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Adaptive Expertise and Cognitive Readiness: A Perspective from the Expert-Performance Approach

  • K. Anders Ericsson
Chapter

Abstract

The concept of cognitive readiness implies the acquisition of mechanisms that can guide performance in complex, unfamiliar and unpredictable environments. This chapter traces the history of previously introduced concepts involving similar mechanisms, such as insightful learning and adaptive expertise. These concepts emerged as criticisms of routine expertise and the associated traditional models of skill acquisition that emphasize the role of matched patterns and extensive experience to lead to effortless habitual performance. More recently research on reproducibly superior performance of experts has demonstrated transfer of skill to new and not previously seen situations within the domain of expertise. This new theoretical framework emphasizes the acquisition of mechanisms for increased cognitive control of performance permitting planning and self-monitoring. The same mechanisms mediate improvements and refinements of performance through the engagement in deliberate practice. This new model is shown to be able to accommodate many characteristics of attained cognitive readiness, such as understanding of new situations, flexible performance, and complex learning.

Keywords

Superior Performance Skill Acquisition Deliberate Practice Expert Performance Good Move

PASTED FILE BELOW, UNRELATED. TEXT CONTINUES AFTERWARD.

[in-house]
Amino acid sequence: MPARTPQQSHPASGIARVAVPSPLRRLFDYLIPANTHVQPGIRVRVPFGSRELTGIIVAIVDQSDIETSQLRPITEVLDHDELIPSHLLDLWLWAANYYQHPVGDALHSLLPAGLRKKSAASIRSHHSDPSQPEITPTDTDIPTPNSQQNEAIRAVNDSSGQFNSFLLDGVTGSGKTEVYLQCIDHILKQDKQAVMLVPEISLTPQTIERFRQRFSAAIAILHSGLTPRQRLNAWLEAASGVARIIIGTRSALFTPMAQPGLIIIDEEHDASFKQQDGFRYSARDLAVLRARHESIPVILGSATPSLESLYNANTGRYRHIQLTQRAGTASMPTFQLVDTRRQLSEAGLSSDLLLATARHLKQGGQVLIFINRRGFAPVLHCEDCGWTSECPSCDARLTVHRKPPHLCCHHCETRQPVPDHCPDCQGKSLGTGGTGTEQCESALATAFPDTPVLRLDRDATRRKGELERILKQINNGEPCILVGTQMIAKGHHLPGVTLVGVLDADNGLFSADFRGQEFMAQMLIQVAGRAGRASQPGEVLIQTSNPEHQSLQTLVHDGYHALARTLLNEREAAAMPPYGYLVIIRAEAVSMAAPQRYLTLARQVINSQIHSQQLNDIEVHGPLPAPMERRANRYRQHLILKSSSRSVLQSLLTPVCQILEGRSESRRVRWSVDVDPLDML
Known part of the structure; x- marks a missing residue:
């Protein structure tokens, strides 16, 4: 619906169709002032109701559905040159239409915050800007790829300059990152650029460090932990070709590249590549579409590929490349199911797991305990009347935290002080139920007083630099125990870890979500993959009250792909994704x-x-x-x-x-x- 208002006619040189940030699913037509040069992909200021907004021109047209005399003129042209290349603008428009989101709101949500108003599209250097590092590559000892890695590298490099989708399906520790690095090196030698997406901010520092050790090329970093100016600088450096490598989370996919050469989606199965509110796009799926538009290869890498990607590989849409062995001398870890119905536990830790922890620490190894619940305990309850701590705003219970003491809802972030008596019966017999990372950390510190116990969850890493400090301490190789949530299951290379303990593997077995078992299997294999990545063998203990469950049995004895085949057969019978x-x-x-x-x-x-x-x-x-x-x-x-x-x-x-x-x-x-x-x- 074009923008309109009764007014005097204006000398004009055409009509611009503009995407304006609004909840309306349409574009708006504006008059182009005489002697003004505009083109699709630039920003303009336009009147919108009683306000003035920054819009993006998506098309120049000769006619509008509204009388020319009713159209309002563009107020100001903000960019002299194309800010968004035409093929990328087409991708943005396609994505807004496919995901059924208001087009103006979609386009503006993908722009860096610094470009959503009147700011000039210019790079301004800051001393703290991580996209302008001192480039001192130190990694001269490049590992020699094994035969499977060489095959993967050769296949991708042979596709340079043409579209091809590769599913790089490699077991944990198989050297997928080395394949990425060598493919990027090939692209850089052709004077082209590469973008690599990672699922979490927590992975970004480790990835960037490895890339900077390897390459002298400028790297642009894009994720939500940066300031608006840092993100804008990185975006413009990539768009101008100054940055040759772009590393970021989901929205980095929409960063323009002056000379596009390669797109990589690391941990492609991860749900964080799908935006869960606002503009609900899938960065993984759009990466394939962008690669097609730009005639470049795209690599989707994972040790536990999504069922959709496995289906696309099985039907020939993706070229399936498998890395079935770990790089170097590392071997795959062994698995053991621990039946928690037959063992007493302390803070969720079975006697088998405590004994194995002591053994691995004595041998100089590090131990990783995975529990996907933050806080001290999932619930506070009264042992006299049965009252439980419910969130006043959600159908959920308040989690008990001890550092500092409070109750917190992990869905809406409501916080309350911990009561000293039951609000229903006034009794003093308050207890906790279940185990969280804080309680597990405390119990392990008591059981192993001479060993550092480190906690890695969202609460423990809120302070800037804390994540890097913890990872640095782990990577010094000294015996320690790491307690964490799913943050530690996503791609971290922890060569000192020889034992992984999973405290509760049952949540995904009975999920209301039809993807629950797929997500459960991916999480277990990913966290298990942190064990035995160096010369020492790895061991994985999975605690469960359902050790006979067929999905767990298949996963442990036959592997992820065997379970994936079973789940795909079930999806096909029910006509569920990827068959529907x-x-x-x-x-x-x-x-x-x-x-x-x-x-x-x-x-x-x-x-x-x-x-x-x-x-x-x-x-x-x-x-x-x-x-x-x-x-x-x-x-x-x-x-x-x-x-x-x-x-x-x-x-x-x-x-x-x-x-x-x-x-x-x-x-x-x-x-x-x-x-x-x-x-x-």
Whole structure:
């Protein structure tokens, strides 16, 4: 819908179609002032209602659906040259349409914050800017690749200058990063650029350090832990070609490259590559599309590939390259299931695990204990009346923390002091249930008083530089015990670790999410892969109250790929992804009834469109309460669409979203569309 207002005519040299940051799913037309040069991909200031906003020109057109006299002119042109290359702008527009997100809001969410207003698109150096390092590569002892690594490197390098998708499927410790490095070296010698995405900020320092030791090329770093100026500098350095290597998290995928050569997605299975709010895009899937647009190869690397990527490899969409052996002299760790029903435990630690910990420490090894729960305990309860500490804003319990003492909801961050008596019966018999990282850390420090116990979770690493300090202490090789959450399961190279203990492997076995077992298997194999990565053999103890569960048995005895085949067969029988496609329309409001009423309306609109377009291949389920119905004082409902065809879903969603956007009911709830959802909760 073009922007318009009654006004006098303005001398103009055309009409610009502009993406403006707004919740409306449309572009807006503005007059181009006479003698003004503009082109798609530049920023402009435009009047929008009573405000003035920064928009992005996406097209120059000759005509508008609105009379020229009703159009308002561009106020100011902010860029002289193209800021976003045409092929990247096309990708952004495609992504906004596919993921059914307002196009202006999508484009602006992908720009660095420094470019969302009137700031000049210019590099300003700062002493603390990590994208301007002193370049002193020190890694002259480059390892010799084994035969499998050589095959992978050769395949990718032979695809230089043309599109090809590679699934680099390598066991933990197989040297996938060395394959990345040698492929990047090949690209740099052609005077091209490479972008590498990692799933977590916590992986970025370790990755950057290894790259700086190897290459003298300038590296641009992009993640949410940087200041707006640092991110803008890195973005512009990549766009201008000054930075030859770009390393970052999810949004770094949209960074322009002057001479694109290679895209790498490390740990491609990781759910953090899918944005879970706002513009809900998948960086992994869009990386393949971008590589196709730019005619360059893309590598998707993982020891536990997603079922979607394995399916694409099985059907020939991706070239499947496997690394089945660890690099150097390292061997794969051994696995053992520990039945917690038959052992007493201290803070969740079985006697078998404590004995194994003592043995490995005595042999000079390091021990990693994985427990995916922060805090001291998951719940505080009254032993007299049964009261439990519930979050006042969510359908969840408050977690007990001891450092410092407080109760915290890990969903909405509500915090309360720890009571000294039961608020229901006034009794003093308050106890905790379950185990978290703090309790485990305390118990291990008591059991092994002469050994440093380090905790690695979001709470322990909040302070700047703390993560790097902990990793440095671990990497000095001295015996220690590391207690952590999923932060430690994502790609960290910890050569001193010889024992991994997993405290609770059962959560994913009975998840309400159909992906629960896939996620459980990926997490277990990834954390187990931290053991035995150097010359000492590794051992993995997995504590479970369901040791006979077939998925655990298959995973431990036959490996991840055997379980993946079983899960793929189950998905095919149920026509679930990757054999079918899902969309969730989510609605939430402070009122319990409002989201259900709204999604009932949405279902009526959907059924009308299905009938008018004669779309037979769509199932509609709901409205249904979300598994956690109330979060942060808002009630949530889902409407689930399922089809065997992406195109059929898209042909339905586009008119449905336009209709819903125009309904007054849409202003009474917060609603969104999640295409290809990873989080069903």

These keywords were added by machine and not by the authors. This process is experimental and the keywords may be updated as the learning algorithm improves.

Notes

Acknowledgements

This research was supported by the FSCW/Conradi Endowment Fund of Florida State University Foundation. The author wants to thank Len Hill and Jerad Moxley, for the helpful comments on earlier drafts of the chapter. The work reported herein was partially supported by a grant from the Office of Naval Research, Award Number N000140810126. The findings and opinions expressed here do not necessarily reflect the positions or policies of the Office of Naval Research.

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Copyright information

© Springer Science+Business Media New York 2014

Authors and Affiliations

  1. 1.Department of PsychologyFlorida State UniversityTallahasseeUSA

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